The images in this portfolio were made in Wildwood, a resort community on the New Jersey Shore. It is the location of the largest concentration of mid-century motels in the nation. The style of these motels, built during the 1950s, 1960s and early 1970s, is often referred to as “Streamlined,” Googie,” “Doo Wop,” or “Moderne.” They meld the pent up demand for vacations after World War II with the exploding car culture. Wildwood’s great number of surviving examples of this architectural vocabulary and the many unusual variations make it an incredibly rich visual environment. Though there is a strong preservation movement, several of these unique and dramatic motels are torn down each year.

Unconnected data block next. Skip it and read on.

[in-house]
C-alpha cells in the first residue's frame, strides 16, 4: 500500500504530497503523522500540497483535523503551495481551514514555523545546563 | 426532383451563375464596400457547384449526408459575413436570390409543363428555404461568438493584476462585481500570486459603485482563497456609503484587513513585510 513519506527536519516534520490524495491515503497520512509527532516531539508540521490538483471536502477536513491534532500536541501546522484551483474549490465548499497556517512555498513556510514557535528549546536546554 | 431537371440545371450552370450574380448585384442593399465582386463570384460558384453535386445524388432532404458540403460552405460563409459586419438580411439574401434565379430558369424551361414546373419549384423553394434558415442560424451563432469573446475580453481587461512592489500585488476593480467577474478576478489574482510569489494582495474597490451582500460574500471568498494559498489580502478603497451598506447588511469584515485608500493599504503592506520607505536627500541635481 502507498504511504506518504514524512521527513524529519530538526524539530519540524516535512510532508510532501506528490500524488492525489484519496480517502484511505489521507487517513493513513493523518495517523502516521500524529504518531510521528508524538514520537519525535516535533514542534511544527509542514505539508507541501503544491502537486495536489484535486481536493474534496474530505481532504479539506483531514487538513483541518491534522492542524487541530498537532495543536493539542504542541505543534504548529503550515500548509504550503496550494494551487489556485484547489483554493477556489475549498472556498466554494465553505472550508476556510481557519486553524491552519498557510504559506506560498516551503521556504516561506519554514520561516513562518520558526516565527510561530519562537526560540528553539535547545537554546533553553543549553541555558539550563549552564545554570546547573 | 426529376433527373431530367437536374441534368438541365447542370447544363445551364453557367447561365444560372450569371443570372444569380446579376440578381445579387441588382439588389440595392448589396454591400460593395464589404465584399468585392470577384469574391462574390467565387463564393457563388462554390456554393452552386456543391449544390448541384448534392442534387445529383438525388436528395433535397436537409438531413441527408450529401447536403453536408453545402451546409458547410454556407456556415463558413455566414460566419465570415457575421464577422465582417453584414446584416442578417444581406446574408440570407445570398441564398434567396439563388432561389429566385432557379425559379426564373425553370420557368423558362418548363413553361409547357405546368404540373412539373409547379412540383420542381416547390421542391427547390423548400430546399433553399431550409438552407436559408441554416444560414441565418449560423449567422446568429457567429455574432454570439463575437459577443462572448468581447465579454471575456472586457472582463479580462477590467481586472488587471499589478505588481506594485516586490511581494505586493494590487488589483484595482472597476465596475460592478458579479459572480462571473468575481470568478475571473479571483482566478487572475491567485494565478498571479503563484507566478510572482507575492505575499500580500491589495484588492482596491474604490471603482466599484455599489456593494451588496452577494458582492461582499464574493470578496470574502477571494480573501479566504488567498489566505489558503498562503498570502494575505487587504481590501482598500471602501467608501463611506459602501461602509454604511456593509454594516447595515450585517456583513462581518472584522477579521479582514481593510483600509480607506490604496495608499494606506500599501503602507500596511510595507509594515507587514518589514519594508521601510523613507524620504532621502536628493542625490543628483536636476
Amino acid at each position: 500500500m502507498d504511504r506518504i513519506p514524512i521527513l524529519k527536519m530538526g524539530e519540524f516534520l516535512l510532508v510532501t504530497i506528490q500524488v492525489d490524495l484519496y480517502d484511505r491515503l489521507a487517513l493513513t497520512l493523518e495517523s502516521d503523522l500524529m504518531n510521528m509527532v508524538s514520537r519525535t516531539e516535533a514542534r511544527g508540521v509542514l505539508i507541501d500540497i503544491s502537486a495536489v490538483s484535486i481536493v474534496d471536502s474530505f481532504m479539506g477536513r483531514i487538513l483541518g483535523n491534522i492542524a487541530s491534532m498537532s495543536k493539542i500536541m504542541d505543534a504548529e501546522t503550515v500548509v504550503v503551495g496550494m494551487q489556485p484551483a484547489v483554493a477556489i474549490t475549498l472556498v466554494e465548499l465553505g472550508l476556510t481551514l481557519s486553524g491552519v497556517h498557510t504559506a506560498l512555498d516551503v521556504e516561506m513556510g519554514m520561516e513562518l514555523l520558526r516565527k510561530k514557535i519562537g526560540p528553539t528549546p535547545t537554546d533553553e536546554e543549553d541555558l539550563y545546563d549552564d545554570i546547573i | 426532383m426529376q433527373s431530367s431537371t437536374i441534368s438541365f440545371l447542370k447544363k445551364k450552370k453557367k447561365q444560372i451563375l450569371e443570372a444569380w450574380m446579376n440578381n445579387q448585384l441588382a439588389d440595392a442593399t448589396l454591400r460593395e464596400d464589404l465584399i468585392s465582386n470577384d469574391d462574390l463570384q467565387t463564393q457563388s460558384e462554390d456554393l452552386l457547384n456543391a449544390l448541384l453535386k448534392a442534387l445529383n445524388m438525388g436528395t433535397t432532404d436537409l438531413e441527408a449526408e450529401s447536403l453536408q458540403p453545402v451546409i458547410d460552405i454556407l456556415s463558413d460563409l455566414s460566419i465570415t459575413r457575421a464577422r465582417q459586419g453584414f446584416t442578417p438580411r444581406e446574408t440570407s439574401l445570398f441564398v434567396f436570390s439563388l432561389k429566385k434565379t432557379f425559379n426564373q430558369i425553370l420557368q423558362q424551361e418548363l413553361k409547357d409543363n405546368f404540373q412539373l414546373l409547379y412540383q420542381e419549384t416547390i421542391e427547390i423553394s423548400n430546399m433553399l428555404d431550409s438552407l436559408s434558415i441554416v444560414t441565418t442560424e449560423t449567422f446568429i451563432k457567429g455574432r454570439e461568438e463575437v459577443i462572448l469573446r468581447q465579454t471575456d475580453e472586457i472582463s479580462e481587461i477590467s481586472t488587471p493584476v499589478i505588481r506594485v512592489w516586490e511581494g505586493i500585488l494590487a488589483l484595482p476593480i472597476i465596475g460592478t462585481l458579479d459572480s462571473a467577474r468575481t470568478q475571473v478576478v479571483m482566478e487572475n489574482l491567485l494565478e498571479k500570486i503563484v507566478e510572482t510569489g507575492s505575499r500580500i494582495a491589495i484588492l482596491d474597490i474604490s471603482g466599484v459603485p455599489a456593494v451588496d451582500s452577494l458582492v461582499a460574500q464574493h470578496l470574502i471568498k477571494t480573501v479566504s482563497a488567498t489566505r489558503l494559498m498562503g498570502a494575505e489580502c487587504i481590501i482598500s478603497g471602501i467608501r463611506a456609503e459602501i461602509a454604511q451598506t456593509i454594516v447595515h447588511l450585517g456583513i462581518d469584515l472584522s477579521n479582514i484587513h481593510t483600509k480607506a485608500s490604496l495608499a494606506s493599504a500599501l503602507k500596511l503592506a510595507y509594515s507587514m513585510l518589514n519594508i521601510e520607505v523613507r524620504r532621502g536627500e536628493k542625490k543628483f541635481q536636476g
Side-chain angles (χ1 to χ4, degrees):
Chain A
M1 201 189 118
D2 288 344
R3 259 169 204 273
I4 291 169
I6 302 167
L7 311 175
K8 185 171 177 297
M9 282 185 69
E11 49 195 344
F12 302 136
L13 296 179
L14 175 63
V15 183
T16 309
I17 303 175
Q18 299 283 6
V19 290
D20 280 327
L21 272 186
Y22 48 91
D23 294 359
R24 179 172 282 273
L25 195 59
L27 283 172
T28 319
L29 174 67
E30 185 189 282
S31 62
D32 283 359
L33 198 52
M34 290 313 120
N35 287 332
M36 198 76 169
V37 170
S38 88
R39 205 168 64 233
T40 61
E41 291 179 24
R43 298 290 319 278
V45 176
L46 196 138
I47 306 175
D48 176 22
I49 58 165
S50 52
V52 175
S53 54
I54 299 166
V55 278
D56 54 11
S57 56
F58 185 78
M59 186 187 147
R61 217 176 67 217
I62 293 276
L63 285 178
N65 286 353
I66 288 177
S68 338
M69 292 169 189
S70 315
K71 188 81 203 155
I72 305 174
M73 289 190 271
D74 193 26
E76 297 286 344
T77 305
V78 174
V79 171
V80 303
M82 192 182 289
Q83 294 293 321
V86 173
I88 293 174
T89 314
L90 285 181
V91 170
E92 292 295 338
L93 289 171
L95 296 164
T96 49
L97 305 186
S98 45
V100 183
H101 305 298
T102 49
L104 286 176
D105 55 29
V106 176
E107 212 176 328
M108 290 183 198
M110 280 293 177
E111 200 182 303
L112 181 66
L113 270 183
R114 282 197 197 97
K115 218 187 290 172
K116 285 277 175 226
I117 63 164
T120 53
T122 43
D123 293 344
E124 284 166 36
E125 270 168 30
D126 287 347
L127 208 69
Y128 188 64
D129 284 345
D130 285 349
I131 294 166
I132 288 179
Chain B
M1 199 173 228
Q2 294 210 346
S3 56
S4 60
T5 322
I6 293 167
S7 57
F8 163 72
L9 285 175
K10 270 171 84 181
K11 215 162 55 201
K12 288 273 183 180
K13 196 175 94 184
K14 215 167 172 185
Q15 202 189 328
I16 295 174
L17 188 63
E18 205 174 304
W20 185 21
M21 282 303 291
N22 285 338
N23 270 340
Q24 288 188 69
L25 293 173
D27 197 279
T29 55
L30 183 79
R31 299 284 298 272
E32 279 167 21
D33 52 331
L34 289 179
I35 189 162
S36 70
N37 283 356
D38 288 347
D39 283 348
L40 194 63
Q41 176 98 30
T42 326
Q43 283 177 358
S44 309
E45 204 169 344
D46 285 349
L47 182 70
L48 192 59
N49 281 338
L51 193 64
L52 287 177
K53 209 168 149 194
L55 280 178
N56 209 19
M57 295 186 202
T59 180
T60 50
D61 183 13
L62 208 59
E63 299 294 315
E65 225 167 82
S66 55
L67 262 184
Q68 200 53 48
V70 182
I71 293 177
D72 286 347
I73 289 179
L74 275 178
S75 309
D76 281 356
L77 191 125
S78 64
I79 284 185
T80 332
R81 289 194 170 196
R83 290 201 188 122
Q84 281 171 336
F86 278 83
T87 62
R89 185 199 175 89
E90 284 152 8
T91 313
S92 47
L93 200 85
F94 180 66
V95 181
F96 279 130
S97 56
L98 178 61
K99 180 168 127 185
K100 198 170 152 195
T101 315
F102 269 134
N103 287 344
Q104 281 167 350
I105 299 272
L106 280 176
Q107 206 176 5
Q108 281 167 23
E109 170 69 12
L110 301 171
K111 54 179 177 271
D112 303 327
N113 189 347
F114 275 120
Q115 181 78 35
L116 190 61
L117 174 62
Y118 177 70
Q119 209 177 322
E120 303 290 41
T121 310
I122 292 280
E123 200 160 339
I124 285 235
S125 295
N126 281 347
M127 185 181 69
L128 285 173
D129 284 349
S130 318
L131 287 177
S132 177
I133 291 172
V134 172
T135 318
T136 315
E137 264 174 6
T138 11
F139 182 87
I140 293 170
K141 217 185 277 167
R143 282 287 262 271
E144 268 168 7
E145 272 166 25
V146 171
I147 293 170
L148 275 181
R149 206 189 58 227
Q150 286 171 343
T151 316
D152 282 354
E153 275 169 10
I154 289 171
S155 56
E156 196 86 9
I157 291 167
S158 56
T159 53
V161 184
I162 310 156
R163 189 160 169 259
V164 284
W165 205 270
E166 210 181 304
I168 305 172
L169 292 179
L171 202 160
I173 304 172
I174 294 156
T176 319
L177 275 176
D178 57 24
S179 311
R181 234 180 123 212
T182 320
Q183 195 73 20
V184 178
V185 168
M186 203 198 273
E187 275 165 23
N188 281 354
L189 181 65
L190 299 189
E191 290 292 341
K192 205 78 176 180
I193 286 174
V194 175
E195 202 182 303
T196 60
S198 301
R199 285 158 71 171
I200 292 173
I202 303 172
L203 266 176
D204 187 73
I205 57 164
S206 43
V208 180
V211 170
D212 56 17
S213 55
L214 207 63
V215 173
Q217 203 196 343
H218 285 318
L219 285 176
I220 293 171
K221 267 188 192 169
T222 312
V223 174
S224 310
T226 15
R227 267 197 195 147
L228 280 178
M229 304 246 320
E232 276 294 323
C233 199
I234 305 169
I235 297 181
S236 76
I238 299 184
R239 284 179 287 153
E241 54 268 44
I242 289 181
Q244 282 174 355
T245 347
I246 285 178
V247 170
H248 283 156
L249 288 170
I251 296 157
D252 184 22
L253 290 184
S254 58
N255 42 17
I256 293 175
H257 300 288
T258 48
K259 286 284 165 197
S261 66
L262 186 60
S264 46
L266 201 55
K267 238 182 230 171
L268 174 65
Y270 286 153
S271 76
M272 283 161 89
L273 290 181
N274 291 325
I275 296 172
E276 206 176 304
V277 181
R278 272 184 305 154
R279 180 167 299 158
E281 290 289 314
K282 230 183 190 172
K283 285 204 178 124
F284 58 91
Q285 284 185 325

As an artist, I have great respect for the real things in front of the camera but much less respect for photographic truth. This book is not a straight documentation of the Wildwood architecture. Instead, I decided to use the rich and varied shapes and forms of these buildings as grist for the photographic mill. These images are works of art which are an interaction of the way the motels are constructed, the way photographs are constructed and the way I looked at and thought about these things.

Ed Elberfeld 2007
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